One of you will say to me: "Then why does God still blame us? For who resists his will?" But who are you, O man, to talk back to God? "Shall what is formed say to him who formed it, 'Why did you make me like this?'" Does not the potter have the right to make out of the same lump of clay some pottery for noble purposes and some for common use?
Well, I don't like the answer given:
But who are you, O man, to talk back to God? It dodges a valid question. How can it be just for someone to be blamed for something they have no choice but do. Sure the creator has the right to make one pot for noble uses and one for common ones, but I don't think I can say "I'm going to break a pot", throw one off the top of a four-story building, and then blame the pot when it breaks.
There were some other issues, though that was probably the main one. Those wouldn't be so bad in and of themselves. Probably nothing that some clarification with someone more knowledgeable than myself couldn't provide. But then today came. I had told my plight to my roommate Dan, who suggested that I go to church with him today to speak with the pastor about the questions I had. I accepted since this I considered this issue important enough to wake up early to go. The last time I told Dan to wake me up for church, it didn't go so well; so I told Dan to drag me out of bed if necessary to get me to go. I was glad I did. While everyone else sang during the beginning of the service, I thought about why I didn't ever make any effort to learn more about God. I concluded that it required effort, and that I didn't want to make the sacrifice. Then what causes me to make sacrifices? Surely anyone who knows me knows that I have made sacrifices. 206, 305, and 435 are all evidence of this. I concluded that I make sacrifices when things are relevant to me. Bettering myself as a computer scientist is relevant to me, so I'm willing to make sacrifices to that end. As a Christian, God and learning more about God should be relevant to me, but I just concluded it wasn't. That's a problem. Then came the sermon.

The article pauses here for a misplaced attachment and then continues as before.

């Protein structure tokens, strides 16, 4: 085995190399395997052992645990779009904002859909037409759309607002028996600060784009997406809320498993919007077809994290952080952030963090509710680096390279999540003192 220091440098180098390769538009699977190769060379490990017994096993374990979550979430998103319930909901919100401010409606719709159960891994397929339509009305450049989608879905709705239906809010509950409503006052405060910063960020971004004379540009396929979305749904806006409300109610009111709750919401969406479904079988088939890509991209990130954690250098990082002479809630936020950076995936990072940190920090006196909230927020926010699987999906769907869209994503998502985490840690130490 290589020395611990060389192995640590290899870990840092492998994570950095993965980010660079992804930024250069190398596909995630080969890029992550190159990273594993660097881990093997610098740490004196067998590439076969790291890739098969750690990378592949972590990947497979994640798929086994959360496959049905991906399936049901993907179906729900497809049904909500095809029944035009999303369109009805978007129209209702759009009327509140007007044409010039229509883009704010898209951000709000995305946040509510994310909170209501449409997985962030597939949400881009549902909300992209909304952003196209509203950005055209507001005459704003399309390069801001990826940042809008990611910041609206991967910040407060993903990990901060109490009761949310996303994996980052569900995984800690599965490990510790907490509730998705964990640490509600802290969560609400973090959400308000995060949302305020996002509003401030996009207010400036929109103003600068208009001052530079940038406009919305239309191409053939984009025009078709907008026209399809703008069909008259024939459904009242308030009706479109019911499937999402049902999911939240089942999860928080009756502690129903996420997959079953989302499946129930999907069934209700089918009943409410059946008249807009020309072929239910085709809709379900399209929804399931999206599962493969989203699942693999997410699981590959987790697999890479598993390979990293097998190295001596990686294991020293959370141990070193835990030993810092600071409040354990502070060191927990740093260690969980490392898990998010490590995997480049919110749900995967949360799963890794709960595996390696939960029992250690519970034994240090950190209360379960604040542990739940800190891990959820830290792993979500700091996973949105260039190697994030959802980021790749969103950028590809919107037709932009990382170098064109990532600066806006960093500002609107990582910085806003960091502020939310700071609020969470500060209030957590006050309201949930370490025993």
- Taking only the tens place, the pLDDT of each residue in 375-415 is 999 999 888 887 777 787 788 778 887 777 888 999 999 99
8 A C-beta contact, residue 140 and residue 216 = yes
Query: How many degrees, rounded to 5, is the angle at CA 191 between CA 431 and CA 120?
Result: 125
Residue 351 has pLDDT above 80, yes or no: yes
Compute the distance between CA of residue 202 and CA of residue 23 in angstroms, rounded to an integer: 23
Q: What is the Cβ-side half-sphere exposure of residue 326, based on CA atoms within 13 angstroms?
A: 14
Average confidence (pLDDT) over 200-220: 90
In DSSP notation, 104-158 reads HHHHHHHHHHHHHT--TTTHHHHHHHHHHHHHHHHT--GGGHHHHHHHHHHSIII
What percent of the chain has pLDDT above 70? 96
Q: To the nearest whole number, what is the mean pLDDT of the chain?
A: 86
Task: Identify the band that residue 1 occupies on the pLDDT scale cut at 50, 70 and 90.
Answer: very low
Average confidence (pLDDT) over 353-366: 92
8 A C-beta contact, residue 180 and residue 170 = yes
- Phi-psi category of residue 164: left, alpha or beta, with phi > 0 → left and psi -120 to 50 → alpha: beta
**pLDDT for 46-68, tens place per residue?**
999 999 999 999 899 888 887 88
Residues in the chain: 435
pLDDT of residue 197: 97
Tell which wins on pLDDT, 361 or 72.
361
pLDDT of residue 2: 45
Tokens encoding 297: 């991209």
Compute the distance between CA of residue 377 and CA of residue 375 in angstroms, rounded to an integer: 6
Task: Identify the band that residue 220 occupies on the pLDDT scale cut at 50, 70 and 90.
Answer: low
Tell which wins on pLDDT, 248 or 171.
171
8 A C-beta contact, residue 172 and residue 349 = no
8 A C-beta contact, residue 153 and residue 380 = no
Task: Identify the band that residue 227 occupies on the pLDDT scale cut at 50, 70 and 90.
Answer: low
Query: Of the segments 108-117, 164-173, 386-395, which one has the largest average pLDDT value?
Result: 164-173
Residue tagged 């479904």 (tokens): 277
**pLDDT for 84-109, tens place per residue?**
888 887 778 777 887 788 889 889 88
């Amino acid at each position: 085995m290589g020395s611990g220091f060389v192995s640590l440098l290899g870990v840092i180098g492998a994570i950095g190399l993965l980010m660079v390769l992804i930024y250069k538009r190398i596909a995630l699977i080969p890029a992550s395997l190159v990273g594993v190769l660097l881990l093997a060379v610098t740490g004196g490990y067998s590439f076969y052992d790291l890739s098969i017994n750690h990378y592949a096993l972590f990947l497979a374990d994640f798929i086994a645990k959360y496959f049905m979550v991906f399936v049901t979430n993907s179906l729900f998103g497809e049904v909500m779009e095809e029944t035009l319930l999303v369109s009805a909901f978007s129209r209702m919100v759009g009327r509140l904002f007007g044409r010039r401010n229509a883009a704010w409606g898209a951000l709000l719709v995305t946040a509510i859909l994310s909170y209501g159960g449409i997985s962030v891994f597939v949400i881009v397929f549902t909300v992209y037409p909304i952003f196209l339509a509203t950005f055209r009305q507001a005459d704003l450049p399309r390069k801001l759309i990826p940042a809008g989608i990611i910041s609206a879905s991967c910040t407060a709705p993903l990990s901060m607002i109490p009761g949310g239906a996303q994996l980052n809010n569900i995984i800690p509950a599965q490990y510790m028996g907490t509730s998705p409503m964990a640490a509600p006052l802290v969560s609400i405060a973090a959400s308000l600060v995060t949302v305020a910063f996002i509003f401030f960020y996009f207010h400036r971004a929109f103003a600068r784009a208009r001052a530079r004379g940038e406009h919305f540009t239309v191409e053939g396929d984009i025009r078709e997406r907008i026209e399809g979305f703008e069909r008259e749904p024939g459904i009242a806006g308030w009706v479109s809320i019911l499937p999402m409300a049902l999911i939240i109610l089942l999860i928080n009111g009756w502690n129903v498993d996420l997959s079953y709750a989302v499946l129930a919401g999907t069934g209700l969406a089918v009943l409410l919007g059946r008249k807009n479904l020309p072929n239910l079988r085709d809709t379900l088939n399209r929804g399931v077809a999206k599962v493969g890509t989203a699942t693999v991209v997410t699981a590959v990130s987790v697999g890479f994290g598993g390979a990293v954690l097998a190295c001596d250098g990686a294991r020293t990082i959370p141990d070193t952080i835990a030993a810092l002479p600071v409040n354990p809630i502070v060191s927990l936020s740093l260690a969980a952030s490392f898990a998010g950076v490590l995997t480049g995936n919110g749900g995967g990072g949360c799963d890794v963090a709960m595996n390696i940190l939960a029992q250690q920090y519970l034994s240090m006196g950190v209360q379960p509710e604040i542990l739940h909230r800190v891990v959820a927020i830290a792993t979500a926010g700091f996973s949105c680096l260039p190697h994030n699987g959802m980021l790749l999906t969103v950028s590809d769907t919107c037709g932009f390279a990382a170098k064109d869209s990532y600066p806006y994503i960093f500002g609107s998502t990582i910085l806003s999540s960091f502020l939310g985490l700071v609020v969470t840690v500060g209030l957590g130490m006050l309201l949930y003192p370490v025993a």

The pastor spoke as one divinely inspired, or at least he spoke as one with authority on the scriptures. The topic he spoke about was one that I needed to hear: a letter to the church in Laodicea. For those not in the know, this letter talks about a church which was preaching Christianity but not really living it. From this letter comes the famed passage,